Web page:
This one was just funny - our chief lizard trying to stay on message seems to have suggested that a grocery code would have prevented the Greek financial crisis - http://gu.com/p/4ae24/stw

radx says...

Something I meant to write the other day: the IMF dilemma has become quite intriguing over the last couple of days.

The latest IMF report, though still based on outlandish assumptions, marks a sizeable debt restructuring as a requisite for further involvement of the IMF in Greece. Germany, on the other hand, rules out debt restructuring of any kind, and haircuts in particular. However, Germany also insists on the IMF's continuing participating in the Troika, because a) noone else has the capacity to provide Orwellian monitoring of a countries' financial actions and b) to provide economic credibility. Of course, having a non-European patsy is always a good idea.

Nevermind the fact that the report was available prior to the last deal and held back intentionally -- I'm curious who's going to give way in this matter.

The IMF cannot back down much further without its members going apeshit at this disaster. They want no share of the blame that will inevitably be thrown around in good amounts once Greek reaches the end of the road. And Germany... well, constant propaganda has pretty much made sure that neither public nor parliament will accept any restructuring, unless it is plastered with a whole lot of make-up and maybe a Sideshow Bob hairpiece.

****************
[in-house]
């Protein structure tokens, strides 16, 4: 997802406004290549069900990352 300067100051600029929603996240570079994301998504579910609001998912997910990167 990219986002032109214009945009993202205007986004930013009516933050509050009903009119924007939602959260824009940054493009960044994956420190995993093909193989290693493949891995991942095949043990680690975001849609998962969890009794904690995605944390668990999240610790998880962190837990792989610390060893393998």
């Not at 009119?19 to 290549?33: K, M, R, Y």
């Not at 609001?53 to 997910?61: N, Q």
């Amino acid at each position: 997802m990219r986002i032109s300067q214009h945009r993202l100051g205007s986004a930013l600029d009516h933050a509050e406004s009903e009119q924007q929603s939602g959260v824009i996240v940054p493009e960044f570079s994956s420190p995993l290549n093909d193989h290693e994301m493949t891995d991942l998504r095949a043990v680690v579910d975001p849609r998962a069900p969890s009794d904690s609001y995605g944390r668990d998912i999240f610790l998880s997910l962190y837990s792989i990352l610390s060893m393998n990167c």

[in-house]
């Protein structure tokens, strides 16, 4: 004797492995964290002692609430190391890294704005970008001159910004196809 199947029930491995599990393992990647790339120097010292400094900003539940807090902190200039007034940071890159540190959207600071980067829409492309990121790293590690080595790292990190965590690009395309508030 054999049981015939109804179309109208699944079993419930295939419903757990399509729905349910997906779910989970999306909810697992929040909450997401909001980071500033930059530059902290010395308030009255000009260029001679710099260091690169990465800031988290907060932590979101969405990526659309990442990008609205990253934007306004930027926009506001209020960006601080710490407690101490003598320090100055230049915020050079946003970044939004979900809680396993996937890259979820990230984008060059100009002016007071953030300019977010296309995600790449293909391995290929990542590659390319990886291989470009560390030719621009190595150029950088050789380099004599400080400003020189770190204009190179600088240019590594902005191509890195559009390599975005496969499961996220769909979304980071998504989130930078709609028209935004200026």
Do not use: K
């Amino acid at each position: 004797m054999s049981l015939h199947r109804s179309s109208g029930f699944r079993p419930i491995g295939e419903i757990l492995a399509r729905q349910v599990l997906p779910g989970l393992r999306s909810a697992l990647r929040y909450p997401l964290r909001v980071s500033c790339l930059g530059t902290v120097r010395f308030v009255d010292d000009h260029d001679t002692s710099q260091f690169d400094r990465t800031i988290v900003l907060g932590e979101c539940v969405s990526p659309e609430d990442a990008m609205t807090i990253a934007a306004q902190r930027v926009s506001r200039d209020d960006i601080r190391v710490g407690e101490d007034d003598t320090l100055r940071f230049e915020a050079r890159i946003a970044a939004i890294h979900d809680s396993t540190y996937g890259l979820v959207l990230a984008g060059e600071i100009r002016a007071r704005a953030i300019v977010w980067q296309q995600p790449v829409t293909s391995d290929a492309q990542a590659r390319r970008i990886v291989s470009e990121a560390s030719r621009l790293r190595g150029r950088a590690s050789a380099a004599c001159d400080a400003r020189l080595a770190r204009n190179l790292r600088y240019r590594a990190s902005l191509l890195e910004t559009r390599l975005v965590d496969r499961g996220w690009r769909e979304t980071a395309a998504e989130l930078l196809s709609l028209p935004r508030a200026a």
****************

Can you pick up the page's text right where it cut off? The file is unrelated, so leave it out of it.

radx says...

I'd be ecstatic if only they acknowledged the work of Keynes, but even that seems too much to ask...

oritteropo said:

Interesting timing, since the heads of the ECB and the Eurogroup clearly disavow the theory... to the extent that eurozone member states can just forget it exists thanks and just go and be thankful for their stale bread and gruel.

radx says...

Short version: Fuchs is a hardliner in many regards. Like you say, his perspective on this matter stands seperate from the rest of the world (except this one particular country in central Europe), which is why I used to not pay too much attention to folks like him. Bad idea. As it turns out, lots of people support his view, many more than I ever thought possible, depressing as that may be.

The entire thing is a break with 70 years of post-war diplomacy, trying to become a part of Europe again. Adenauer (Brandt) received better treatment in Moscow (Warsaw) than Tsipras did in Brussels/Berlin. From a European Germany straight back to a German Europe in no time at all...

Edit: Habermas offers his take on this matter.

oritteropo said:

I guess this isn't news to you, but Dr Fuchs certainly has a different perspective than "rest of world" on the Greek bailout: